The Rare Grape Seedling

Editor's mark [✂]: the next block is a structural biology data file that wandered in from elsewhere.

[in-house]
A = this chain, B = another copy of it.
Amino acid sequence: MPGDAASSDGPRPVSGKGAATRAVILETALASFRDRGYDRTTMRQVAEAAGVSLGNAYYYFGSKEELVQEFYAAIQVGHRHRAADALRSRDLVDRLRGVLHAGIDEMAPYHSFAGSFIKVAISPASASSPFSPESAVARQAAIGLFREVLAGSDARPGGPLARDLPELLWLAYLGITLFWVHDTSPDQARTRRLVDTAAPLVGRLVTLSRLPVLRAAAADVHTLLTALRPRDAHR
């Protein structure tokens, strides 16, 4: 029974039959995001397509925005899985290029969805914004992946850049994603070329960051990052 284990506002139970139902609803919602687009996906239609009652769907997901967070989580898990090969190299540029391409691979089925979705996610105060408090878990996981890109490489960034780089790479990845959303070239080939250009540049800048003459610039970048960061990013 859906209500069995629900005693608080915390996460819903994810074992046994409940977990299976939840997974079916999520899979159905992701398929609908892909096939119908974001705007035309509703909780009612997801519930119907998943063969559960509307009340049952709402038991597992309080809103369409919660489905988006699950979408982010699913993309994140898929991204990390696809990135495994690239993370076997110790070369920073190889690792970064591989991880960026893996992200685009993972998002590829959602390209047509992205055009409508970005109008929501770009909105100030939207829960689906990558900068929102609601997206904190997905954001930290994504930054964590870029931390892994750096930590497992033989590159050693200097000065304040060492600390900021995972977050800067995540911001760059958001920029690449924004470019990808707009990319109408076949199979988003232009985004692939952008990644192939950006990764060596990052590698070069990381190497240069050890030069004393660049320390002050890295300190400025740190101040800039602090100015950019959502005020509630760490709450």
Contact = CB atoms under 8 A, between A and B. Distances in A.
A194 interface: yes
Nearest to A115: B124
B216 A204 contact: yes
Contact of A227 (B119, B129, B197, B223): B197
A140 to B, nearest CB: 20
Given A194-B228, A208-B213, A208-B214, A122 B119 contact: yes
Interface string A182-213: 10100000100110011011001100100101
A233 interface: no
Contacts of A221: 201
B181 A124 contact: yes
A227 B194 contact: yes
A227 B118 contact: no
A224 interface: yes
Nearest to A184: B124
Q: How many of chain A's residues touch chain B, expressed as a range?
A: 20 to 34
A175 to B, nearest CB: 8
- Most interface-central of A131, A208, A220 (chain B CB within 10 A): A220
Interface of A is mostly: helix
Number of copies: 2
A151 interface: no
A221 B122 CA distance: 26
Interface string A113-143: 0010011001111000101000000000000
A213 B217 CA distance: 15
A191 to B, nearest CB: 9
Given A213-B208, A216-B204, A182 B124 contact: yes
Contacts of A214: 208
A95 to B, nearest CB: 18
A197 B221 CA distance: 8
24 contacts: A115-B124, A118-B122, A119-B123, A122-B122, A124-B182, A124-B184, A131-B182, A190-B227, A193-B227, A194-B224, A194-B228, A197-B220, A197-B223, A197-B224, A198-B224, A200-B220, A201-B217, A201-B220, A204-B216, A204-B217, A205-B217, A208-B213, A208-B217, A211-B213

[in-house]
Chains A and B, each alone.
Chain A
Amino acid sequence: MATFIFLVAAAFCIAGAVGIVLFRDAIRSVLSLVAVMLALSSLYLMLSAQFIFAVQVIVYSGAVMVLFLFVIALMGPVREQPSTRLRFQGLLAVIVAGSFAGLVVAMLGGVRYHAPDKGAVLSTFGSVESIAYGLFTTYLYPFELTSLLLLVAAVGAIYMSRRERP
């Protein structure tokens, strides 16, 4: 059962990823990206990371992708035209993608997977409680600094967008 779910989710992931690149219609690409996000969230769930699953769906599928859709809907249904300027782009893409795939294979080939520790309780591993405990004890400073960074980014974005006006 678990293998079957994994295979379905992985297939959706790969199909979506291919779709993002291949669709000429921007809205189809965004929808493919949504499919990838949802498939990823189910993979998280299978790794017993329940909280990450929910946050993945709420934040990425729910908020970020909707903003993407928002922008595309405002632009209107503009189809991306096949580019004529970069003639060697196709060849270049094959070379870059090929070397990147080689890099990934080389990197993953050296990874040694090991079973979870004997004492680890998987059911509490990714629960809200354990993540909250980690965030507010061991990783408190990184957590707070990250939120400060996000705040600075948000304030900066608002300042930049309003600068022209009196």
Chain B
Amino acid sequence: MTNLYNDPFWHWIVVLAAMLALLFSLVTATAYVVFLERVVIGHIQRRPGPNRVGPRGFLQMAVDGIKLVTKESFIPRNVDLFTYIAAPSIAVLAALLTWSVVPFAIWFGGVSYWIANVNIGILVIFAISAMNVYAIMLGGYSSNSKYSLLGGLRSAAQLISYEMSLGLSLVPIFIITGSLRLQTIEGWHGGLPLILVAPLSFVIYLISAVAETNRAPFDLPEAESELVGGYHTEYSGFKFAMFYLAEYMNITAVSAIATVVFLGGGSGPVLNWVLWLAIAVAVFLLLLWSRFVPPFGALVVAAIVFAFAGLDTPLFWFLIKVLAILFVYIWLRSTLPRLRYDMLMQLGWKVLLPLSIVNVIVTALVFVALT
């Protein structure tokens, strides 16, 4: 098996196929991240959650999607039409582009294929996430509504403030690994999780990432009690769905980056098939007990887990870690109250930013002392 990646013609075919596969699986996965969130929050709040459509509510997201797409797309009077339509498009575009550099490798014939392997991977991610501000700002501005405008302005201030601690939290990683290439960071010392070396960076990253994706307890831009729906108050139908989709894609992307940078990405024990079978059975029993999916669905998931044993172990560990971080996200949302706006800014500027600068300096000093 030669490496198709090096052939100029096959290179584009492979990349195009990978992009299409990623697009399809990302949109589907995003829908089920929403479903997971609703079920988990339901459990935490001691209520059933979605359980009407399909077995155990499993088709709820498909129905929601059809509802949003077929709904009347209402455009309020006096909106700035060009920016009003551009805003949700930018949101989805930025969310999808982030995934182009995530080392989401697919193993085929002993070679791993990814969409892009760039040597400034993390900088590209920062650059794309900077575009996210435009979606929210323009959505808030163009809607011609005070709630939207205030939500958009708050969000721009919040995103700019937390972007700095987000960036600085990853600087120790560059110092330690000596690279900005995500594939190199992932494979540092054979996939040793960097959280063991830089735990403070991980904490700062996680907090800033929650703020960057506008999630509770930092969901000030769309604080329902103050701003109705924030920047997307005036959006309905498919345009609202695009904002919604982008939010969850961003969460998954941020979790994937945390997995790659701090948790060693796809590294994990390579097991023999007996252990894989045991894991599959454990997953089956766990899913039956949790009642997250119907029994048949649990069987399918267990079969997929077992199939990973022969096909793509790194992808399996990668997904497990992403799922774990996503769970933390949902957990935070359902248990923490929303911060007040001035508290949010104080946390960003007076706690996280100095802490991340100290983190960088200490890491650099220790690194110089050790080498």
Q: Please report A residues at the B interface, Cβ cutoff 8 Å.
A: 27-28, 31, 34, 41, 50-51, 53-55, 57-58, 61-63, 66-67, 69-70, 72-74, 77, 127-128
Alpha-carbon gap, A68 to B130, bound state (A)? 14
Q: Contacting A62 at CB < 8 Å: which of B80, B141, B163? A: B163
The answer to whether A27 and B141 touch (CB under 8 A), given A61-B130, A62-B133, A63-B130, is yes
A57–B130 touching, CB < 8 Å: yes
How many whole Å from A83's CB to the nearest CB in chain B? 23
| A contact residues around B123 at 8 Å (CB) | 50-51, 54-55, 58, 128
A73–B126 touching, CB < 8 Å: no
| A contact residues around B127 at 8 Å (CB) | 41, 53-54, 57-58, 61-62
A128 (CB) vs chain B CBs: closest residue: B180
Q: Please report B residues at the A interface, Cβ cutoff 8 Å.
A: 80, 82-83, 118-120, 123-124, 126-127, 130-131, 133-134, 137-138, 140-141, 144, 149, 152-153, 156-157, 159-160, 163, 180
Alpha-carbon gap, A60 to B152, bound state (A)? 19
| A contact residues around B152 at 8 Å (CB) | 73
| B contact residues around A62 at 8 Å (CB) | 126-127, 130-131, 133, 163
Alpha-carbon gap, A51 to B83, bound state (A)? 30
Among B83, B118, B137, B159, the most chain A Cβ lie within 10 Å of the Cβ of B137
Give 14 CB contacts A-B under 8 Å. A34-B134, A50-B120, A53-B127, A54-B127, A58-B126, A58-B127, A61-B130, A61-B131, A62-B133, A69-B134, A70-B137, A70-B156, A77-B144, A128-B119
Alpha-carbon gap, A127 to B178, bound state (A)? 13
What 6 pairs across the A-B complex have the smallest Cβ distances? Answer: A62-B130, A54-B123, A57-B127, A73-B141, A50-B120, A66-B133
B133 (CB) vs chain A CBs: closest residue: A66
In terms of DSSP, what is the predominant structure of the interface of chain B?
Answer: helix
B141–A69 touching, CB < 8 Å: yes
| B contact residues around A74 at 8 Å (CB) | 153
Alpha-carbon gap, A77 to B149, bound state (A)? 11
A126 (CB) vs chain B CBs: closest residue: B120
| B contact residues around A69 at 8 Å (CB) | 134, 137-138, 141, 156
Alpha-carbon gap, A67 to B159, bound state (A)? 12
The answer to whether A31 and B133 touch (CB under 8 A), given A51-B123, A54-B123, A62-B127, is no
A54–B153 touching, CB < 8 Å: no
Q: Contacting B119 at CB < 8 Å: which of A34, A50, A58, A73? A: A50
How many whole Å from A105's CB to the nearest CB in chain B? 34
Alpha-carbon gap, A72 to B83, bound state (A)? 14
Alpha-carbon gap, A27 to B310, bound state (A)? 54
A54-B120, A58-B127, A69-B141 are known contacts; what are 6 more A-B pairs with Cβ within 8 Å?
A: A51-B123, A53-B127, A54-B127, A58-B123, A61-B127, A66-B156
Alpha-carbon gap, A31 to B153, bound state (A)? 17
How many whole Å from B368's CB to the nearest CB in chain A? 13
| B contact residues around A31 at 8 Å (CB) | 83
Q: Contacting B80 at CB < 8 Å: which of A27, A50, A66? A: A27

I was rinsing out some sample buckets today and noticed these grape seedlings, growing on the side of the cement where we usually process grape samples. They were seeds from field samples of years gone by, germinated and growing wild. One of the remarkable things about modern viticulture is that all of the grape vines that are growing in the field today were propagated using vegetative material, meaning that each one is genetically identical (or genetically very close) to their parent plant. This has been happening for many, many years, and the varietals we use have been selected for their various positive wine properties. The reason why we propagate vine material vegetatively is that seed represents a genetic recombination, and at this point we can’t predict the traits of that offspring and there is a high rate of failure. One would have to take thousands, if not tens of thousands, of seedlings, grow them up and track their traits to find new and favorable varietal crosses – certainly a daunting task. This means that change in the world of grape varietals is extremely slow, and mostly comes from selections with slightly different but interesting traits (i.e. clones). That being said, Randall Grahm, ever the innovator, has started a project focusing on planting new crossbreeds in his vineyard in San Juan Bautista.